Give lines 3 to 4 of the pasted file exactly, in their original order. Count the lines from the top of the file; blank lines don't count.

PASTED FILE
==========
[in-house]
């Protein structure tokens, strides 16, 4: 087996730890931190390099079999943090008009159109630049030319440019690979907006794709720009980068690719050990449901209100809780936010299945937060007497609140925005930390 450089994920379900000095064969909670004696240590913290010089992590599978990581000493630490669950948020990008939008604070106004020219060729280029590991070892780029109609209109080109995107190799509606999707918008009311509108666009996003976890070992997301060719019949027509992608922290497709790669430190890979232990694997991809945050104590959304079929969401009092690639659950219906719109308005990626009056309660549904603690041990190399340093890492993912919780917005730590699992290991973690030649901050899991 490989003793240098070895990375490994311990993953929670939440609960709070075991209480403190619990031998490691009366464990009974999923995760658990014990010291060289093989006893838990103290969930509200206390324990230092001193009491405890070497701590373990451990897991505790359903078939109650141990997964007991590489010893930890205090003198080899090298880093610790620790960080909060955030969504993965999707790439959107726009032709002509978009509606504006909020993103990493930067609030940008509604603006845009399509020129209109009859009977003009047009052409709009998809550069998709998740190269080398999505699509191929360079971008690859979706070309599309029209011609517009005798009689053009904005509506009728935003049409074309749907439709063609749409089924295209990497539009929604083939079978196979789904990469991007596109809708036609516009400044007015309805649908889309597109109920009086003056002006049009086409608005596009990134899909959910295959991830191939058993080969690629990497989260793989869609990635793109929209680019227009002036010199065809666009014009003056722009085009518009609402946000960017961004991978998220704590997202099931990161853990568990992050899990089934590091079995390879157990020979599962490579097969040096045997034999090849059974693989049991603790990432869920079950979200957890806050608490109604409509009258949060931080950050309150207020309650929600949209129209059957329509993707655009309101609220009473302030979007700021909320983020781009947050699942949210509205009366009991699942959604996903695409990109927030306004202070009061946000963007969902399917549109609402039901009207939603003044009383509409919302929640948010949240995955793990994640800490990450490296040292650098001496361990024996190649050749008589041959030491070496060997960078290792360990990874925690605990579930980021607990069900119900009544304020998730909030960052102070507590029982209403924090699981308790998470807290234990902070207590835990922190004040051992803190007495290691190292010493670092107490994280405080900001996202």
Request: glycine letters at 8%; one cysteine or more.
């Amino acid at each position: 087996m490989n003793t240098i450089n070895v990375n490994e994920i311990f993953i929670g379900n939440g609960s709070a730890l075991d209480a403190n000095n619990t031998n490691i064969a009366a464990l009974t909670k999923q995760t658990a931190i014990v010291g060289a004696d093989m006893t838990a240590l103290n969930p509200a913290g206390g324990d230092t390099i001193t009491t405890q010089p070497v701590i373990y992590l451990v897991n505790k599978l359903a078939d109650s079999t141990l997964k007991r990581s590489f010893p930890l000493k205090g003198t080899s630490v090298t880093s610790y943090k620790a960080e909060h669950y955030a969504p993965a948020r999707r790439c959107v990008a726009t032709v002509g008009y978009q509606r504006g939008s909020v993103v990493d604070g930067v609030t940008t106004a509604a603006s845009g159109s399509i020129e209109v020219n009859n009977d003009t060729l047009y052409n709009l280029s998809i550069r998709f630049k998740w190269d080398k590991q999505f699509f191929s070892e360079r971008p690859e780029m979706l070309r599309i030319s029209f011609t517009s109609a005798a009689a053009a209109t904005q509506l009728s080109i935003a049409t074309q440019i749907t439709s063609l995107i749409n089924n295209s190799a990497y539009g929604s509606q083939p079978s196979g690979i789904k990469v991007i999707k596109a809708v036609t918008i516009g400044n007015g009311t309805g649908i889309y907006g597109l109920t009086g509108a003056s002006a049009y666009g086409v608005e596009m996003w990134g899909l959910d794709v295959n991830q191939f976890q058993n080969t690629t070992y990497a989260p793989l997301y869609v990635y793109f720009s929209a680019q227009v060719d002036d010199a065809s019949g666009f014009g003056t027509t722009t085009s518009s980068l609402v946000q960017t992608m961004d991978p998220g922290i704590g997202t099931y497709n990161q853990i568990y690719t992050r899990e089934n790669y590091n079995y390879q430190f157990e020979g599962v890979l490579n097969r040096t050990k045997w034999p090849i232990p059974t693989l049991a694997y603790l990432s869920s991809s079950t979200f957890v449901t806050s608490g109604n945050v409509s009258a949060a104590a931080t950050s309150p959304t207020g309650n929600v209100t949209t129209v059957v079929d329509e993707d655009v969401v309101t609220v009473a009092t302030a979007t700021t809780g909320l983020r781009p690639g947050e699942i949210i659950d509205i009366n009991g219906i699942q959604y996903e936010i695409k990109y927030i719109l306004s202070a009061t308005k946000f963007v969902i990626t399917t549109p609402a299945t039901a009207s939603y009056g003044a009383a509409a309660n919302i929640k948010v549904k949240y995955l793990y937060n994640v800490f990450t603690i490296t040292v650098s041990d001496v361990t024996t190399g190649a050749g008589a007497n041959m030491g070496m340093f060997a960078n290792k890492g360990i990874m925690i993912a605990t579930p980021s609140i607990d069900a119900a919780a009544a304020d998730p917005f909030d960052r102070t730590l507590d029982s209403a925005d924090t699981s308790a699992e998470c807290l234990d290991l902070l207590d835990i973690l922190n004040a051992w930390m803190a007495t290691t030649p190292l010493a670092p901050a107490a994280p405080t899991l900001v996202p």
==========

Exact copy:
Request: glycine letters at 8%; one cysteine or more.
């Amino acid at each position: 087996m490989n003793t240098i450089n070895v990375n490994e994920i311990f993953i929670g379900n939440g609960s709070a730890l075991d209480a403190n000095n619990t031998n490691i064969a009366a464990l009974t909670k999923q995760t658990a931190i014990v010291g060289a004696d093989m006893t838990a240590l103290n969930p509200a913290g206390g324990d230092t390099i001193t009491t405890q010089p070497v701590i373990y992590l451990v897991n505790k599978l359903a078939d109650s079999t141990l997964k007991r990581s590489f010893p930890l000493k205090g003198t080899s630490v090298t880093s610790y943090k620790a960080e909060h669950y955030a969504p993965a948020r999707r790439c959107v990008a726009t032709v002509g008009y978009q509606r504006g939008s909020v993103v990493d604070g930067v609030t940008t106004a509604a603006s845009g159109s399509i020129e209109v020219n009859n009977d003009t060729l047009y052409n709009l280029s998809i550069r998709f630049k998740w190269d080398k590991q999505f699509f191929s070892e360079r971008p690859e780029m979706l070309r599309i030319s029209f011609t517009s109609a005798a009689a053009a209109t904005q509506l009728s080109i935003a049409t074309q440019i749907t439709s063609l995107i749409n089924n295209s190799a990497y539009g929604s509606q083939p079978s196979g690979i789904k990469v991007i999707k596109a809708v036609t918008i516009g400044n007015g009311t309805g649908i889309y907006g597109l109920t009086g509108a003056s002006a049009y666009g086409v608005e596009m996003w990134g899909l959910d794709v295959n991830q191939f976890q058993n080969t690629t070992y990497a989260p793989l997301y869609v990635y793109f720009s929209a680019q227009v060719d002036d010199a065809s019949g666009f014009g003056t027509t722009t085009s518009s980068l609402v946000q960017t992608m961004d991978p998220g922290i704590g997202t099931y497709n990161q853990i568990y690719t992050r899990e089934n790669y590091n079995y390879q430190f157990e020979g599962v890979l490579n097969r040096t050990k045997w034999p090849i232990p059974t693989l049991a694997y603790l990432s869920s991809s079950t979200f957890v449901t806050s608490g109604n945050v409509s009258a949060a104590a931080t950050s309150p959304t207020g309650n929600v209100t949209t129209v059957v079929d329509e993707d655009v969401v309101t609220v009473a009092t302030a979007t700021t809780g909320l983020r781009p690639g947050e699942i949210i659950d509205i009366n009991g219906i699942q959604y996903e936010i695409k990109y927030i719109l306004s202070a009061t308005k946000f963007v969902i990626t399917t549109p609402a299945t039901a009207s939603y009056g003044a009383a509409a309660n919302i929640k948010v549904k949240y995955l793990y937060n994640v800490f990450t603690i490296t040292v650098s041990d001496v361990t024996t190399g190649a050749g008589a007497n041959m030491g070496m340093f060997a960078n290792k890492g360990i990874m925690i993912a605990t579930p980021s609140i607990d069900a119900a919780a009544a304020d998730p917005f909030d960052r102070t730590l507590d029982s209403a925005d924090t699981s308790a699992e998470c807290l234990d290991l902070l207590d835990i973690l922190n004040a051992w930390m803190a007495t290691t030649p190292l010493a670092p901050a107490a994280p405080t899991l900001v996202p």